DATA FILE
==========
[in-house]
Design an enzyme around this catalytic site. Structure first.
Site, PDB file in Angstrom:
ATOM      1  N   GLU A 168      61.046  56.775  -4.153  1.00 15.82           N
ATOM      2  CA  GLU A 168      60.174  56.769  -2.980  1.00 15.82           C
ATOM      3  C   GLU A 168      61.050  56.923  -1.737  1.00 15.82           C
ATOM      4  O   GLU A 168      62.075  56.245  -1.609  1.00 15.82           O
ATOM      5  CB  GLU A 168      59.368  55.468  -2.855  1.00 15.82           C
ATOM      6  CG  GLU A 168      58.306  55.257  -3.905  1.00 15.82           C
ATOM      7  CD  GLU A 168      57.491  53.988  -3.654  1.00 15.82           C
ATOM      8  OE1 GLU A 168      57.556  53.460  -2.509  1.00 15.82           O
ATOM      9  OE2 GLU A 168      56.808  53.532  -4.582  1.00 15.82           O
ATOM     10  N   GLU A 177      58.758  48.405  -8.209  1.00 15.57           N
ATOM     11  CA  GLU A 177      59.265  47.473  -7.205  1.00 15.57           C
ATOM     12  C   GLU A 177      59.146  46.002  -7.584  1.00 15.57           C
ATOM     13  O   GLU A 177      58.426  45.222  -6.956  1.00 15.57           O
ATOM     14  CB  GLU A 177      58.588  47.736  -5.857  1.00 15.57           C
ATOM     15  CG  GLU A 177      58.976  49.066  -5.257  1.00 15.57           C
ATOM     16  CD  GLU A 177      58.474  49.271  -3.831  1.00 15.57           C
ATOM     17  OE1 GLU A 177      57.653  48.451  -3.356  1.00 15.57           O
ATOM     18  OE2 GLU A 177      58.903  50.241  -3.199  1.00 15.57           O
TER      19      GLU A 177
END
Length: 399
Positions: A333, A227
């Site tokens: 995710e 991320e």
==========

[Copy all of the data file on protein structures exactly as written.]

[in-house]
Design an enzyme around this catalytic site. Structure first.
Site, PDB file in Angstrom:
ATOM      1  N   GLU A 168      61.046  56.775  -4.153  1.00 15.82           N
ATOM      2  CA  GLU A 168      60.174  56.769  -2.980  1.00 15.82           C
ATOM      3  C   GLU A 168      61.050  56.923  -1.737  1.00 15.82           C
ATOM      4  O   GLU A 168      62.075  56.245  -1.609  1.00 15.82           O
ATOM      5  CB  GLU A 168      59.368  55.468  -2.855  1.00 15.82           C
ATOM      6  CG  GLU A 168      58.306  55.257  -3.905  1.00 15.82           C
ATOM      7  CD  GLU A 168      57.491  53.988  -3.654  1.00 15.82           C
ATOM      8  OE1 GLU A 168      57.556  53.460  -2.509  1.00 15.82           O
ATOM      9  OE2 GLU A 168      56.808  53.532  -4.582  1.00 15.82           O
ATOM     10  N   GLU A 177      58.758  48.405  -8.209  1.00 15.57           N
ATOM     11  CA  GLU A 177      59.265  47.473  -7.205  1.00 15.57           C
ATOM     12  C   GLU A 177      59.146  46.002  -7.584  1.00 15.57           C
ATOM     13  O   GLU A 177      58.426  45.222  -6.956  1.00 15.57           O
ATOM     14  CB  GLU A 177      58.588  47.736  -5.857  1.00 15.57           C
ATOM     15  CG  GLU A 177      58.976  49.066  -5.257  1.00 15.57           C
ATOM     16  CD  GLU A 177      58.474  49.271  -3.831  1.00 15.57           C
ATOM     17  OE1 GLU A 177      57.653  48.451  -3.356  1.00 15.57           O
ATOM     18  OE2 GLU A 177      58.903  50.241  -3.199  1.00 15.57           O
TER      19      GLU A 177
END
Length: 399
Positions: A333, A227
């Site tokens: 995710e 991320e």